Giving up isn't an option. If you are a working woman with a facebook account, more than likely you've been served a MM. LaFleur ad. The concept is simple. Provide stylish professional attire, through a monthly subscription service, for women who want to look good but don't have the time (or patience) to shop for themselves. The model isn't rocket science, nor is their success. Sometimes you have to pivot to get ahead and that's exactly what Miyako, Sarah, and Narie did.
Enjoy the read.
- THE PATH, Editorial Team
MM.LaFleur co-founders Miyako Nakamura (left), Sarah LaFleur, and Narie Foster.
CREDIT: Courtesy company
Originally published on inc.com
In 2014, Sarah LaFleur was facing the prospect that her women's clothing brand, MM.LaFleur, might go out of business. When the New York City-based company did trunk shows, customers--mostly working women who wanted to dress well but abhorred shopping--typically returned for a second purchase. But when it came to MM.LaFleur's primary business, e-commerce, it couldn't figure out how to recruit new customers.
So LaFleur's team decided to experiment: They emailed their most loyal shoppers and asked if the company could send them a box of clothing selected for them by a stylist. More than 18 percent opted in.
Today, the Bento Boxes, as they're called, account for 80 percent of the company's new sales, and since they were launched, 40 percent of first-time customers return within 12 weeks to make another purchase. MM.LaFleur has now stepped back from the precipice and is on track to pull in more than $70 million in 2017.
Surveying with sass
To gain insight into what kind of Bento Box to curate for a particular customer, MM.LaFleur's online questionnaire is focused, but with flair, borrowing from glossy women's magazines. "It needs to be something the customer can do in bed at 10 p.m.," LaFleur says. So besides requesting the basics--age, profession, body shape--the company asks things like "Who's your woman crush?" Among the options: Supreme Court justice Sonia Sotomayor, Facebook COO Sheryl Sandberg, feminist Gloria Steinem, and,
of course, Tina Fey.
Clothing that sweats the details
The brand's approach to a woman's wardrobe is quality over quantity. "These are not cheap dresses--they're investment pieces, so we have to justify a $250 dress," says LaFleur, who recruited Miyako Nakamura, the former head designer at Zac Posen, to create her line. Part of that justification is the brand's attention to details busy women care about. Many of the fabrics are machine washable, snaps hold in bra straps, pant legs are adjustable via a hidden button, and certain tops have underarm pads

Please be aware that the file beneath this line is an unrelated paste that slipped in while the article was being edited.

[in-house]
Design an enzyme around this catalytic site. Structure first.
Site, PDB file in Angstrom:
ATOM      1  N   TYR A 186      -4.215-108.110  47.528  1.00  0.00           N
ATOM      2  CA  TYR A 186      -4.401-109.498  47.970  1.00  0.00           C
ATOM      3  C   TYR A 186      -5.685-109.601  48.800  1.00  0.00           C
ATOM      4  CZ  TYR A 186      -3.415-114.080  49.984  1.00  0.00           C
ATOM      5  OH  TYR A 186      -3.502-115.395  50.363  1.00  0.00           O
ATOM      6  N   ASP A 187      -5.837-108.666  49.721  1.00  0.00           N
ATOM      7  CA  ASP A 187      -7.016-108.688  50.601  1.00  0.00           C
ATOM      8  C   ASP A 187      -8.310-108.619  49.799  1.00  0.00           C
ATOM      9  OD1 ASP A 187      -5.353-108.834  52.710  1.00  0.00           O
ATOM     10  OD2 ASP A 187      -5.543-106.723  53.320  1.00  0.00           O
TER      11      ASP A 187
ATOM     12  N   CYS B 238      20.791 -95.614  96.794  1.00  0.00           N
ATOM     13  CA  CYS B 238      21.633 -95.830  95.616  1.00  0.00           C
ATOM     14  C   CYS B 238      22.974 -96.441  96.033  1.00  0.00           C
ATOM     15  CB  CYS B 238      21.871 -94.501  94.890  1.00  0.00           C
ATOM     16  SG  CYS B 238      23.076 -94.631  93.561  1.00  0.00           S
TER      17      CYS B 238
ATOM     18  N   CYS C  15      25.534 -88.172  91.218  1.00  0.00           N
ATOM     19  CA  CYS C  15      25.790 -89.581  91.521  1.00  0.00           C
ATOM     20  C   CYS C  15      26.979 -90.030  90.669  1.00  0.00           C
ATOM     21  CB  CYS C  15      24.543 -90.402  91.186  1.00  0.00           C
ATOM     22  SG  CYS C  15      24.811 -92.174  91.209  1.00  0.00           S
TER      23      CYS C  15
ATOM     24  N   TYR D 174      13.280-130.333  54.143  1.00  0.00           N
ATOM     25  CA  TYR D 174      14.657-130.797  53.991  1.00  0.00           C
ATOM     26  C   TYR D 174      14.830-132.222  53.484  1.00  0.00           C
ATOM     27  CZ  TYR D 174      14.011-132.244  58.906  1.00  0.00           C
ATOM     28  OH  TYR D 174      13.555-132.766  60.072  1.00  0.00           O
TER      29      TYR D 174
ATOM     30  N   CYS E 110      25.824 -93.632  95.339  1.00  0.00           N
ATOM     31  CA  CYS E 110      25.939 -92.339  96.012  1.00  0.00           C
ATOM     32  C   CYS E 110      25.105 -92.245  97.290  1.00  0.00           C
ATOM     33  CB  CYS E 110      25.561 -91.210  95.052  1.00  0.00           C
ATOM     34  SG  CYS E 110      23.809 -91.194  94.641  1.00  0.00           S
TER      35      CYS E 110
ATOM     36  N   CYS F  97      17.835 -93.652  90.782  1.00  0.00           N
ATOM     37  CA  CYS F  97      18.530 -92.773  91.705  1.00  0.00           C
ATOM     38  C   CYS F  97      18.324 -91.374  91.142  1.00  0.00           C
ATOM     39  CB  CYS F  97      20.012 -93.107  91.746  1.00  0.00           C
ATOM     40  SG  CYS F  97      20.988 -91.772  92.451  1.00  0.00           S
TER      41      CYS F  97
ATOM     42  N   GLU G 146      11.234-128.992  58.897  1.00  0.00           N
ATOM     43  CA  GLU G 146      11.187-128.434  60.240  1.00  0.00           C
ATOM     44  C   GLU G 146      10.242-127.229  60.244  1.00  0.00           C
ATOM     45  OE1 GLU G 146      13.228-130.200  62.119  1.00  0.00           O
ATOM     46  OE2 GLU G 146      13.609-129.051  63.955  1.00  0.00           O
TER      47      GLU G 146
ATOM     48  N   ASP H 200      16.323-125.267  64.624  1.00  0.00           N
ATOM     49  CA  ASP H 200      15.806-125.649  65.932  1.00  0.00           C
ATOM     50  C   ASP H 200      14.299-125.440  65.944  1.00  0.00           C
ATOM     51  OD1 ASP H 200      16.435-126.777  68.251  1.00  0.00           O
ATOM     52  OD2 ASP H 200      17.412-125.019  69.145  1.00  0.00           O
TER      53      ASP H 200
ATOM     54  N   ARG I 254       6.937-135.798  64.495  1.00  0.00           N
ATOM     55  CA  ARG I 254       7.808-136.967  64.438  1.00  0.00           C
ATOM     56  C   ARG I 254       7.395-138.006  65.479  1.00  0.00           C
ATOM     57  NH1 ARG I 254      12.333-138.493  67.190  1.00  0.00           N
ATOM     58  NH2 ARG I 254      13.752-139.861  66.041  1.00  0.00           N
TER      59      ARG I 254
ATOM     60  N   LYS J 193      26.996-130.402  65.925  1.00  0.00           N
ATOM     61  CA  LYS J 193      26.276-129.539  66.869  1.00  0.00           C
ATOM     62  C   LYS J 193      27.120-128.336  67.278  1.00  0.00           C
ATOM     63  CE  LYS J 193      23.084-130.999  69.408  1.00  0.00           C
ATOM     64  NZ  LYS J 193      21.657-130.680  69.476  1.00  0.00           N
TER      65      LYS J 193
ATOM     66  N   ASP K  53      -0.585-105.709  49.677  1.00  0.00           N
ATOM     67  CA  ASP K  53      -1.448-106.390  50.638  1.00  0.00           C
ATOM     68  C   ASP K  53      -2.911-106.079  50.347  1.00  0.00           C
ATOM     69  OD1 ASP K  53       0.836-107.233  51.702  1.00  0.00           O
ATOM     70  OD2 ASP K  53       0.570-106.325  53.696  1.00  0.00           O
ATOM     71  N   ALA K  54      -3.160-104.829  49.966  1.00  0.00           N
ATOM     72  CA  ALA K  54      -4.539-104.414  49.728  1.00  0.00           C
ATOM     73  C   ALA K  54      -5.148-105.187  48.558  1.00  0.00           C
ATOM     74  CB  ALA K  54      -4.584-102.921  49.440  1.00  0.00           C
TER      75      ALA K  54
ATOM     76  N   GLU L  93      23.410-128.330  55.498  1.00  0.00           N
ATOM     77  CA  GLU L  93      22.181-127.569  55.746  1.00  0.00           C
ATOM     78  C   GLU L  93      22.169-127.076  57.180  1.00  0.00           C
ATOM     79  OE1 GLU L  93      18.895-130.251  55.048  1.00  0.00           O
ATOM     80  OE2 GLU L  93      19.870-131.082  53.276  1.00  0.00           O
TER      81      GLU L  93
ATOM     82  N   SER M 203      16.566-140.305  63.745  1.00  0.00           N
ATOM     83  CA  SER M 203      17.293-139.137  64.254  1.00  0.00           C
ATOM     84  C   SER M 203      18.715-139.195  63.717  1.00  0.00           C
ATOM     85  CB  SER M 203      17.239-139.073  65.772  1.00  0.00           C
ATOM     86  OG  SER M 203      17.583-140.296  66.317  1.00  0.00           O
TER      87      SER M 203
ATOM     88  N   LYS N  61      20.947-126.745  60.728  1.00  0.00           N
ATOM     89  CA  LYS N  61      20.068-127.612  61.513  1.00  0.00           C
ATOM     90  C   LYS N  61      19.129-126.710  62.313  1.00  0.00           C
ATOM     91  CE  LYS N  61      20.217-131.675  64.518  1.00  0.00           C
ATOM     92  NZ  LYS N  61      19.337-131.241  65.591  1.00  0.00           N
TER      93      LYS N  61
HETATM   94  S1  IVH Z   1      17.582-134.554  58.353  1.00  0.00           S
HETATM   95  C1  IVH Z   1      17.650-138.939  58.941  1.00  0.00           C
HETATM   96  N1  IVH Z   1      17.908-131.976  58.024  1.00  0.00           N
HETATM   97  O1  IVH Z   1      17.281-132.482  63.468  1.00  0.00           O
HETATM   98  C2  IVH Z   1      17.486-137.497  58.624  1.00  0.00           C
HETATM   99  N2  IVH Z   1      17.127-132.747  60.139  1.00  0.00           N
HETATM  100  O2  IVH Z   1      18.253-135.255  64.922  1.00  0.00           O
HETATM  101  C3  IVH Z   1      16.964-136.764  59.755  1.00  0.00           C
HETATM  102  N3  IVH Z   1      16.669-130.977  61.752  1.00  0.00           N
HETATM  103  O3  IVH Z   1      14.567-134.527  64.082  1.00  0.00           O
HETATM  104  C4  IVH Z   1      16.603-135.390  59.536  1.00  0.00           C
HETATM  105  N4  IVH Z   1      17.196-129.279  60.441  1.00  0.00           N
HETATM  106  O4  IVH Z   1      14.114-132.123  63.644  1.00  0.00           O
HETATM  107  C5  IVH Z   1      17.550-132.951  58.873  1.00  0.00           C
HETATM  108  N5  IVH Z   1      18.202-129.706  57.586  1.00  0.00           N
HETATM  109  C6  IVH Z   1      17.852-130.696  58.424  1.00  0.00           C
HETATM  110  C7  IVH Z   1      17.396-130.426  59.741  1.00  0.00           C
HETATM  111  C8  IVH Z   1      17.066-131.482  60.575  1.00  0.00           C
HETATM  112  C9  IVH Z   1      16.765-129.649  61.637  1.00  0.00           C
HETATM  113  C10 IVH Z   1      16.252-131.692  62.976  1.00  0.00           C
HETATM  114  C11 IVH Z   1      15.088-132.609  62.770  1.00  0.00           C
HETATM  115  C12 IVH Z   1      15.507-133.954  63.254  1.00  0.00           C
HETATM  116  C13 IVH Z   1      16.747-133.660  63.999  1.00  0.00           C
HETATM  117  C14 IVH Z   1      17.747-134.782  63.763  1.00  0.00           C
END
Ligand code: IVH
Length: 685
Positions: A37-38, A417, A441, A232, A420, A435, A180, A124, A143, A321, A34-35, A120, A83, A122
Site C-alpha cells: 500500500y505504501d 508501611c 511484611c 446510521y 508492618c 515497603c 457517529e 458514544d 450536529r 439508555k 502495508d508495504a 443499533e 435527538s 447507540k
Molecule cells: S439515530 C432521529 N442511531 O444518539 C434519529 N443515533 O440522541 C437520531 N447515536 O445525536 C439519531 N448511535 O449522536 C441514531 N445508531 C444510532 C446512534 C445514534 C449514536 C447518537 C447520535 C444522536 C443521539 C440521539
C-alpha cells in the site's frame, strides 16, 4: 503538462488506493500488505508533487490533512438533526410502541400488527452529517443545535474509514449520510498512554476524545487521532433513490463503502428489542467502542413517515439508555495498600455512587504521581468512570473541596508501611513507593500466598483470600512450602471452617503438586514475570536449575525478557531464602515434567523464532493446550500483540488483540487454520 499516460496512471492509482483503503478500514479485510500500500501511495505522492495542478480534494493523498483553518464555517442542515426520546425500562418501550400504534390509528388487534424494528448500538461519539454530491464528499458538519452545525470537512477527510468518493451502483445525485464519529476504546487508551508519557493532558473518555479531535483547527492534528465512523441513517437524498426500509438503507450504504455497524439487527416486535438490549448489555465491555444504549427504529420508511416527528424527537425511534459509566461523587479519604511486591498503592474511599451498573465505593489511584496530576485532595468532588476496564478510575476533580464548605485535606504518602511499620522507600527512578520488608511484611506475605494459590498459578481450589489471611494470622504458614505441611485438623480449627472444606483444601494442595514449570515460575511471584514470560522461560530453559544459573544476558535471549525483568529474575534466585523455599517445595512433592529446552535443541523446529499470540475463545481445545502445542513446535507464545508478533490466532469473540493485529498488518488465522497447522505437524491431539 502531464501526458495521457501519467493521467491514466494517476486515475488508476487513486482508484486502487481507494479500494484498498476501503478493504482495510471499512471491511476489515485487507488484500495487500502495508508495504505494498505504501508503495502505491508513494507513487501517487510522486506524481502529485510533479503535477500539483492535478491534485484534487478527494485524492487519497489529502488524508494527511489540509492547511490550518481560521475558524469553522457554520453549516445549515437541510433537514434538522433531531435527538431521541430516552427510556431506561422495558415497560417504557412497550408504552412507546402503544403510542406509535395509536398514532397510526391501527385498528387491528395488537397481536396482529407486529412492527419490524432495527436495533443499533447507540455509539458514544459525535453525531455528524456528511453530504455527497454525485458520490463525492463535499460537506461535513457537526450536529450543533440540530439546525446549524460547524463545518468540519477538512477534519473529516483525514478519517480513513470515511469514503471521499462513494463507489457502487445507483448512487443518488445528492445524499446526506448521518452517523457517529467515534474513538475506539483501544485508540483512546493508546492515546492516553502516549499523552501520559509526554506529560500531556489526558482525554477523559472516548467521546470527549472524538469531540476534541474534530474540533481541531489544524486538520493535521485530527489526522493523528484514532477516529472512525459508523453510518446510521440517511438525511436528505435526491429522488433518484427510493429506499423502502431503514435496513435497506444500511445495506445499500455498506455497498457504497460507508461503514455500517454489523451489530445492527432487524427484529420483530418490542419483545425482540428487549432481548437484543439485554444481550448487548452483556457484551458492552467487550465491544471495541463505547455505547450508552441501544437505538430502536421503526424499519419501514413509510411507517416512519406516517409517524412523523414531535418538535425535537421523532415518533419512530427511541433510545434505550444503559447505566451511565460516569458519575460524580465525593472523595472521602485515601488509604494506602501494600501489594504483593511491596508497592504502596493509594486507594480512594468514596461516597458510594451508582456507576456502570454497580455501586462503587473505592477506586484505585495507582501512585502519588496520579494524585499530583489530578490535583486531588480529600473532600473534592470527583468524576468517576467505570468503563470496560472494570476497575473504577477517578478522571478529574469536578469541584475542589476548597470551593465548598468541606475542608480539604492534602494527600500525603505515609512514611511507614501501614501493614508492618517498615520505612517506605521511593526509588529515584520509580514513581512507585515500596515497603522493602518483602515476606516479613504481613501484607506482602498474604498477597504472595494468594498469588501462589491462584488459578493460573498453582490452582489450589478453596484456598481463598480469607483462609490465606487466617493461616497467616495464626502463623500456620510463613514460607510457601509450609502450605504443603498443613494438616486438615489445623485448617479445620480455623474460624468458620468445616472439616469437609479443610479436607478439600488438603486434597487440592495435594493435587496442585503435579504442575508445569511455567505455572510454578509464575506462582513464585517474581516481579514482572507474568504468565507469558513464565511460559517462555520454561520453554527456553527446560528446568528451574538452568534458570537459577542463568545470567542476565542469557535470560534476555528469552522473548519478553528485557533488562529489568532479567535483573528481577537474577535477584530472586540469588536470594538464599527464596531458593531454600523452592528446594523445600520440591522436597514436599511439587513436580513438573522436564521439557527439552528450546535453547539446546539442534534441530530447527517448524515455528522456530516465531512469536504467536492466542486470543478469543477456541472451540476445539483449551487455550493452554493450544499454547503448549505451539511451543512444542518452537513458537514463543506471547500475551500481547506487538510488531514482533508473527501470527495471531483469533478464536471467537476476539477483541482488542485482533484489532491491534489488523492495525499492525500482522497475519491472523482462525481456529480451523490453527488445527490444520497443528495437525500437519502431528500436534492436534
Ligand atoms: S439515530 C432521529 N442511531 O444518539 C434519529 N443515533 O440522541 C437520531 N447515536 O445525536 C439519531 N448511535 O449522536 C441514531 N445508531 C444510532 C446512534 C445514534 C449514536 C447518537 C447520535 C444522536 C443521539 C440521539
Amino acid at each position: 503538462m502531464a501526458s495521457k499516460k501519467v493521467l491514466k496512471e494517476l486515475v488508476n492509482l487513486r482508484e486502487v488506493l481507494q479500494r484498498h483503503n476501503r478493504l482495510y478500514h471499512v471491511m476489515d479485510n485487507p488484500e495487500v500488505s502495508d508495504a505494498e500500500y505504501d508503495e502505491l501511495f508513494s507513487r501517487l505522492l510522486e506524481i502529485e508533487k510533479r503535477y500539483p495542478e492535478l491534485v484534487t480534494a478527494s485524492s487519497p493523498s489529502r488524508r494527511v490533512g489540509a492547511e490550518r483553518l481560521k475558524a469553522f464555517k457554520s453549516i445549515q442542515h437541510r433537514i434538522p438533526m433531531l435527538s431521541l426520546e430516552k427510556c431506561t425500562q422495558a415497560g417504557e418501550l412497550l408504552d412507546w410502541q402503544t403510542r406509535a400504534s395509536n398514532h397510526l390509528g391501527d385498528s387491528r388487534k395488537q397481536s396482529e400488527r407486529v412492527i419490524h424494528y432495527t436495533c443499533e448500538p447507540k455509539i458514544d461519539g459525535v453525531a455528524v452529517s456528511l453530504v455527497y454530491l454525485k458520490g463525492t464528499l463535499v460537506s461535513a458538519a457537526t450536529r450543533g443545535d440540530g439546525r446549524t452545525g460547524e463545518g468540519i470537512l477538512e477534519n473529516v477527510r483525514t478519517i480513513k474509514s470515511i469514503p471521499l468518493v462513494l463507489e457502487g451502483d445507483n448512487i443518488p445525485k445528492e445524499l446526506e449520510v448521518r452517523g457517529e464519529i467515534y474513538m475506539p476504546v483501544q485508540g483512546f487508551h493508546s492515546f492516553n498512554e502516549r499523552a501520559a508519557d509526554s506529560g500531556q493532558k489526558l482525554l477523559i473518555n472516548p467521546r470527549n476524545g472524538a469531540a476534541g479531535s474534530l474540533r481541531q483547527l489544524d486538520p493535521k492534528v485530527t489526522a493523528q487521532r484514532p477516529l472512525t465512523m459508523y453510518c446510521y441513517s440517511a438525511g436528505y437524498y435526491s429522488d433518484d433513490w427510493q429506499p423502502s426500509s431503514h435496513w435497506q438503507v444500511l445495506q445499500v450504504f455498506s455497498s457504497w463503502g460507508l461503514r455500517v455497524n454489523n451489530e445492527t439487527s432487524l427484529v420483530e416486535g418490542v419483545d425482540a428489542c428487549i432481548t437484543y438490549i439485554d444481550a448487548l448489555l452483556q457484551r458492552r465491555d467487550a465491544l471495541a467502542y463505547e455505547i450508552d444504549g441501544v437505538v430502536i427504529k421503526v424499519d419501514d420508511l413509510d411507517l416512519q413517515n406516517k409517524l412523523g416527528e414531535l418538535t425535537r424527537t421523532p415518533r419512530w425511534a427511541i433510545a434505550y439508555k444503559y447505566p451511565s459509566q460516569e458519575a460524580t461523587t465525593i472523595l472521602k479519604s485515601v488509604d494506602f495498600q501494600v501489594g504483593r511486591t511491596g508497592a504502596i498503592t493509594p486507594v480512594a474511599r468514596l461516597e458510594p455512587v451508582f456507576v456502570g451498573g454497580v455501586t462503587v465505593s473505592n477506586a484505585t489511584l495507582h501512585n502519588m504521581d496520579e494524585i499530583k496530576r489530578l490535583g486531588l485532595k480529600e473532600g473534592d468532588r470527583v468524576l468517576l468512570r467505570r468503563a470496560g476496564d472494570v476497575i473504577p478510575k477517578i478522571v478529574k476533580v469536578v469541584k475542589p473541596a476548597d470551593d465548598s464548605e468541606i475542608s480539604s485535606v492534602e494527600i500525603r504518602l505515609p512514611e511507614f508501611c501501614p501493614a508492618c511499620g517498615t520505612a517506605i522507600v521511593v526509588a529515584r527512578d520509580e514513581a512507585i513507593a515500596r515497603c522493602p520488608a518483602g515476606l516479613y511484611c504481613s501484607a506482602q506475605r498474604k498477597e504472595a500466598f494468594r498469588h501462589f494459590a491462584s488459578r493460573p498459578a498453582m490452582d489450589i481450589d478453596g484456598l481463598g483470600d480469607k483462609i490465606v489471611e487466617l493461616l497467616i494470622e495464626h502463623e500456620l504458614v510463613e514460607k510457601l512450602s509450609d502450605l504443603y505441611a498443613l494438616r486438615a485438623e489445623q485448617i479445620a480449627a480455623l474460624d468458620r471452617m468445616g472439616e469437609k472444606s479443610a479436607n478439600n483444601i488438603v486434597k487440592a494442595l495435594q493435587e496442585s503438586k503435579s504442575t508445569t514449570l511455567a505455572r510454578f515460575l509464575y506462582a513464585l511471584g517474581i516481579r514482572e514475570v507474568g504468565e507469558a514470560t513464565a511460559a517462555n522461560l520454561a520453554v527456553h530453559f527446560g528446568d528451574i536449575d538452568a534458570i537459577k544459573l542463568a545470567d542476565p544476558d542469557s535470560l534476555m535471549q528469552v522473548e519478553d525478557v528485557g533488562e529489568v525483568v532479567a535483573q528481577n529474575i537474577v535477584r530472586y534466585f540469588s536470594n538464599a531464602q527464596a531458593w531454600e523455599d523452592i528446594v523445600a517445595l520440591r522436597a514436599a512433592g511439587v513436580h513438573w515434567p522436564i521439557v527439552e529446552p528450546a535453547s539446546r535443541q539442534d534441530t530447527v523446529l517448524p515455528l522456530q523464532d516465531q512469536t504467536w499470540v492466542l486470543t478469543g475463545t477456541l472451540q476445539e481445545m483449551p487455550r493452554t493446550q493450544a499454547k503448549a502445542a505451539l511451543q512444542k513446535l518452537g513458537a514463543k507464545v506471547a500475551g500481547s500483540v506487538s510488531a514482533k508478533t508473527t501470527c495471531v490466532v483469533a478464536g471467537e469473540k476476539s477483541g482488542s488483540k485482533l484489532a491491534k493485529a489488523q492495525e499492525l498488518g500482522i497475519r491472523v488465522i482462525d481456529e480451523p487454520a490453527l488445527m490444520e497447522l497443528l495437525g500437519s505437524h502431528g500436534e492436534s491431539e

to absorb sweat. "The factories thought that was crazy," says LaFleur.
Packaging with purpose
When it came to what kind of package she should send customers, LaFleur, who grew up in Japan, thought of the multicompartment bento lunches she packed for school. The company's Bentos are similar, with layered boxes separating clothes and accessories. It's cheeky, but also highly functional: The design helps the clothes arrive unwrinkled. The garments come packed neatly in reusable, zippered plastic bags--a small but practical luxury, according to customers who repurpose them to store gym clothes or separate items in a suitcase.
Stories that stimulate
"Workwear is not something you shop for on a weekly basis," says Tory Hoen, a former New York magazine editor who is now the brand's creative director. To keep customers constantly engaged, Hoen's five-person team produces an online magazine delivered every Sunday night that has more in common with Lean In than with Harper's Bazaar. The stories profile professional women who give actionable career advice and also happen to tell you which MM.LaFleur dress is their go-to outfit. Hoen says the online mag achieves a conversion rate similar to that of the sales emails the company sends.
Some bubbly with that?
After MM.LaFleur tested a brick-and-mortar showroom in New York City, it found that women who booked appointments there often spent up to three times more than online-only shoppers. So recently it opened a permanent showroom in Washington, D.C., and has long-term pop-ups planned for Boston and other locations around the country. Women get free one-hour sessions with personal stylists who select clothing for them ahead of time, along with bottomless glasses of Prosecco. "We do our best to communicate over email," says LaFleur. "But nothing replicates the offline service."
FROM THE JUNE 2017 ISSUE OF INC. MAGAZINE